In commemoration of World Benzodiazepine Awareness Day coming on July 11th, I am providing an early first time debut at Mad in America of a new song and music video titled “Benzo Blue.” I am also sharing the written lyrics and a brief commentary on the evolution and significance of this song. Hopefully, MIA readers will be inspired to participate in a lively discussion of the particular role of this kind of political art in the comment section that follows the blog.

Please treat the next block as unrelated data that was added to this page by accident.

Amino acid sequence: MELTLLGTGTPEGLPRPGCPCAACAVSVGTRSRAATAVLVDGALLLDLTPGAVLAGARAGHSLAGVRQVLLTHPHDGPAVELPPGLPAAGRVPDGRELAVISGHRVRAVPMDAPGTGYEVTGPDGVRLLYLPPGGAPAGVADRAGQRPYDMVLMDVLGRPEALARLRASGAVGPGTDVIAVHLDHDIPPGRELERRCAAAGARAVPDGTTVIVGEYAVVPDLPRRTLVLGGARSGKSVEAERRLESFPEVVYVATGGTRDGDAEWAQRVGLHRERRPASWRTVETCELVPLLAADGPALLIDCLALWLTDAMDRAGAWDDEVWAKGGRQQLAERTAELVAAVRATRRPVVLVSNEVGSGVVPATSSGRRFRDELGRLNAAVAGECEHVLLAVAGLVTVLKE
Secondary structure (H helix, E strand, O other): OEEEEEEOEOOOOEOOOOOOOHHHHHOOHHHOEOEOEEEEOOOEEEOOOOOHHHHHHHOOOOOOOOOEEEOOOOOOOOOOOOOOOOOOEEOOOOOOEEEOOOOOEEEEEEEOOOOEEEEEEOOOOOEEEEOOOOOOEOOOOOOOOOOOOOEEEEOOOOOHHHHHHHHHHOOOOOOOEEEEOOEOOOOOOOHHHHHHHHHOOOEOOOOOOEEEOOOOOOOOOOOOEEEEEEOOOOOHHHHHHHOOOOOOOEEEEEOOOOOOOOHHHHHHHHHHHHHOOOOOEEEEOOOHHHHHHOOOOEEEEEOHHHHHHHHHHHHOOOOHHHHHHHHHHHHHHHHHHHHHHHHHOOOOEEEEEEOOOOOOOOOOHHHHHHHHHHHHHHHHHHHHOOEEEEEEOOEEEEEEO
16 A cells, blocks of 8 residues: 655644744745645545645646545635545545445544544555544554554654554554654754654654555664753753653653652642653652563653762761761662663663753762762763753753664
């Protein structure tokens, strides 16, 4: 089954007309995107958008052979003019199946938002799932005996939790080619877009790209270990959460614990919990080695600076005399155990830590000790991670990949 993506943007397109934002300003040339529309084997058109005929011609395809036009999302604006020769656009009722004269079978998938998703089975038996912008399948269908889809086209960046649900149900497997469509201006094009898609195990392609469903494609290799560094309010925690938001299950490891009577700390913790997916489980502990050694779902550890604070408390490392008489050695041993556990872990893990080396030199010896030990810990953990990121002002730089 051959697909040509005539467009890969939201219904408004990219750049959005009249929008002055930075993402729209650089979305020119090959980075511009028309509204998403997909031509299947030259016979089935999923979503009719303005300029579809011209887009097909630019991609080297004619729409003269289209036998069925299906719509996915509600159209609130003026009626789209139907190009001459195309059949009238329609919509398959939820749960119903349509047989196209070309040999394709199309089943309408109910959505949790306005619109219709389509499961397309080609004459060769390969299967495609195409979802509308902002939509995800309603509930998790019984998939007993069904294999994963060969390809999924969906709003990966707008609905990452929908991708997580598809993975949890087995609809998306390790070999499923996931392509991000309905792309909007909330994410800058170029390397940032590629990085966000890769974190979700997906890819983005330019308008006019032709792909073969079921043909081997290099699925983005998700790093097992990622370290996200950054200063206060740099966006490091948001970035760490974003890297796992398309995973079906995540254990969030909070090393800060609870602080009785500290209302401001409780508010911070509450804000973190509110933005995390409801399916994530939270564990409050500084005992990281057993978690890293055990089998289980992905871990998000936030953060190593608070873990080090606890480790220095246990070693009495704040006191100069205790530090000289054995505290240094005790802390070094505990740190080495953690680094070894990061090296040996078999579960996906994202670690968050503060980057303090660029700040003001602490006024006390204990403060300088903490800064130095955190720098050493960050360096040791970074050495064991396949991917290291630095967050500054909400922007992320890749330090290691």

“Benzo Blue” (by Richard D. Lewis 2017) She’s climbing mountains / Nobody knows how high Such a lonely journey / A ladder to an endless sky There’s millions climbing by her side Unknown to each other /Just tryin’ to survive Life can have its problems / Anxious days and sleepless nights A simple pill and a label / To soothe her fight or flight Oh so safe / So easy / the doctors say Just trust and believe / all your worries away With one pill / Big Pharma / and the FDA --- Chorus: Now, some people think she’s crazy / And she doubts her sanity too But if they only knew / What it’s like to be ‘benzo blue’ It’s a blue so deep it’s almost black / And she doesn’t know if she’ll ever make it back For if they only knew / What it’s like to be ‘benzo blue’ --- It’s an all too common story / So many people must tell All taken “as prescribed” / Good intentions on a road paved to Hell Oh so safe / So easy / the doctors say Just trust and believe / all your worries away With one pill / Big Pharma / and the FDA She lives her life in one color / So many shades of grey With nights that linger so long / They’ll darken the brightest day Oh so sad / So sorry / the doctors say Still trust and believe / all your worries away With another pill / Big Pharma / and the FDA Repeat Chorus: Don’t send her to those meetings / They’re not her people, places, or things Cuz she’s never known addiction / It’s your drugs pulling the puppet strings Oh so sad / So sorry / the doctors say Still trust and believe / all your worries away With another pill / Big Pharma / and the FDA No more condescending saviors / With Bibles and prescription pads No more drugs and labels / For they will surely drive her mad Now she questions / everything her doctors say Can’t trust or believe / all her worries away She has her ‘Benzo Buddies’ / and her friends at MIA Damn all their drugs / Big Pharma / and the FDA And there’ll be no mercy / When Psychiatry finally has its day Repeat Chorus: (last phrase 2x)